Private education has deep roots in the fabric of American history as most of our earliest schools were private institutions. Today, public schools are far more numerous, but private schools remain an integral and important part of the nation’s education system. Currently, there are over 33,000 private schools in the U.S. annually educating more than 5 million young people, approximately 10 percent of the nation’s student population.
Despite this rich heritage and their continuing importance, many parents never consider a private school for their child for a variety of reasons. Concerns over affordability, the lack of diversity and a perceived culture of exclusivity are often factors causing many parents to never consider enrolling their child in a private school.
Advocates point out, however, that over time, much has changed in the area of private education. Here are some things you may not know about private schools, but are certainly worth considering as you make plans for your child’s education.
Private schools are more affordable than you think.
The cost of private education is often a reason for parents to shy away from this option, but in reality, a majority of private schools offer need-based financial aid. They are able to do this because many have endowments and active alumni fundraising groups that allow them to offer this assistance.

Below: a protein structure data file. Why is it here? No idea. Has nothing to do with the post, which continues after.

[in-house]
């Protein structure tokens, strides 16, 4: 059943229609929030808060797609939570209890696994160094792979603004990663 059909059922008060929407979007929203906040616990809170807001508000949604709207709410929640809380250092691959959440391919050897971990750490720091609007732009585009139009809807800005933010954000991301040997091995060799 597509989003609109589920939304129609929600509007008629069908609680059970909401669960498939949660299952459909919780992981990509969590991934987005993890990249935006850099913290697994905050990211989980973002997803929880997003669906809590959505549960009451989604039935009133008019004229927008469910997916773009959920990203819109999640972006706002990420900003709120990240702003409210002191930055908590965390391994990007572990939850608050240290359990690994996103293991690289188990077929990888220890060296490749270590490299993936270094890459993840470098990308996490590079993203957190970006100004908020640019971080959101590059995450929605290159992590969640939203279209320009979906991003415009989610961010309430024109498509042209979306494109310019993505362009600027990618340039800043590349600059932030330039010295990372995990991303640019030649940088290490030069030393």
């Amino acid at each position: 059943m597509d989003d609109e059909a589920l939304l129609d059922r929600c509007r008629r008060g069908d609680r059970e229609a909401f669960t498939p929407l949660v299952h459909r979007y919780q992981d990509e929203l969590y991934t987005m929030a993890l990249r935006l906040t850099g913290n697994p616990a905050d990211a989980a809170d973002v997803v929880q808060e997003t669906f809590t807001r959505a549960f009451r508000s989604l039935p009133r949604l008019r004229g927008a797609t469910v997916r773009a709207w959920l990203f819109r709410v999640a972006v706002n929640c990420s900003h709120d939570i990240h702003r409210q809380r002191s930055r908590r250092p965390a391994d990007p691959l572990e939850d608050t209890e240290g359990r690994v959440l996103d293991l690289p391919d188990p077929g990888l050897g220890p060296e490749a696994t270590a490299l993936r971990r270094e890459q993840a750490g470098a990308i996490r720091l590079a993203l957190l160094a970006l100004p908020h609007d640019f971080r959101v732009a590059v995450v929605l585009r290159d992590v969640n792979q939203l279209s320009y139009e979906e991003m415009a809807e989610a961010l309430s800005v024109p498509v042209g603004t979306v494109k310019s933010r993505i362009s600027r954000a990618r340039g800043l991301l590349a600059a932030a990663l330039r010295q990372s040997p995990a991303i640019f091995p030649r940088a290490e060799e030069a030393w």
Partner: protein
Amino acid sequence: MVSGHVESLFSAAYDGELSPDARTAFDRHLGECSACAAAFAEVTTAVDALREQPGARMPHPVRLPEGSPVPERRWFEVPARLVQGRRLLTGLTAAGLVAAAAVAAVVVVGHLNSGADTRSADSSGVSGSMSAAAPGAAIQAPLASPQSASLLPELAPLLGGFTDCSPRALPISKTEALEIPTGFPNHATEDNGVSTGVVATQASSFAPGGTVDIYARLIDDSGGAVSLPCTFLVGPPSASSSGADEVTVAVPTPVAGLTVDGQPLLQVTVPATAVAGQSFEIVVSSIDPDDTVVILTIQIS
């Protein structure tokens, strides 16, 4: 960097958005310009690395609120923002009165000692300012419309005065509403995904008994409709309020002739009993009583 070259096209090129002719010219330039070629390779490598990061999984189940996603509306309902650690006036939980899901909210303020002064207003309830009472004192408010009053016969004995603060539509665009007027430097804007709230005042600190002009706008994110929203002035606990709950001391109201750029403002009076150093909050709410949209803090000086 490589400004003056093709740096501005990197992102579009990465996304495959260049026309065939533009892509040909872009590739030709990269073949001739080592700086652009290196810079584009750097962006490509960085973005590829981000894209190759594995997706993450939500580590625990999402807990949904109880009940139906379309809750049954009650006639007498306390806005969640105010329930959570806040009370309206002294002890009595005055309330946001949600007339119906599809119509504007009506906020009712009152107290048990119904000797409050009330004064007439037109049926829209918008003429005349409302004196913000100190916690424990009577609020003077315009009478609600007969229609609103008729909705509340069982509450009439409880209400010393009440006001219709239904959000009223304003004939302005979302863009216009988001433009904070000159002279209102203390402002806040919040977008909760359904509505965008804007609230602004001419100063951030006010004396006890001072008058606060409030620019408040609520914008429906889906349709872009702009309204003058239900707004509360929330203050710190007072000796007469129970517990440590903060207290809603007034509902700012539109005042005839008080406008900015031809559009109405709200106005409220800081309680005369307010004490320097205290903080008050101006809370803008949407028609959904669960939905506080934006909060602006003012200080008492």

Locally, the Greenhill School in Addison is an example of a private institution providing generous financial assistance to a diverse array of students. Sarah Markhovsky, director of admissions at Greenhill, points out that her school recognizes the value of having a socio-economically diverse school community and is fortunate to have a large financial aid budget. “We use our resources to strive to meet the need of every student admitted to the school,” Markhovsky says, “and we awarded $6 million in financial aid this year.”
So, more often than not, financial assistance is available, and if needed, parents should contact the school’s financial aid officer early in the application process.
There are private schools for every age, need, faith, interest and ability.
If you believe that all private schools are the same, think again, as there are schools that cover nearly every facet of the educational spectrum in this country.
As Joe McTighe, executive director of the Council for American Private Education points out, “Private schools are freer to experiment with different pedagogies and approaches to education than public schools. As a parent, you can figure out what kind of environment is best for your child, whether that’s a creative community or one that provides more structure, and then you can find a school that provides exactly that.”
Private schools also vary in location – urban, suburban and rural – by size and by the age range they serve. Some Montessori Schools, for example, have programs for children as young as 18 months, providing an alternative to traditional day care.
You can use websites like PrivateSchoolReview.com and GreatSchools.org to narrow schools down by location, size, educational focus and age range.
Most private schools strive to be diverse.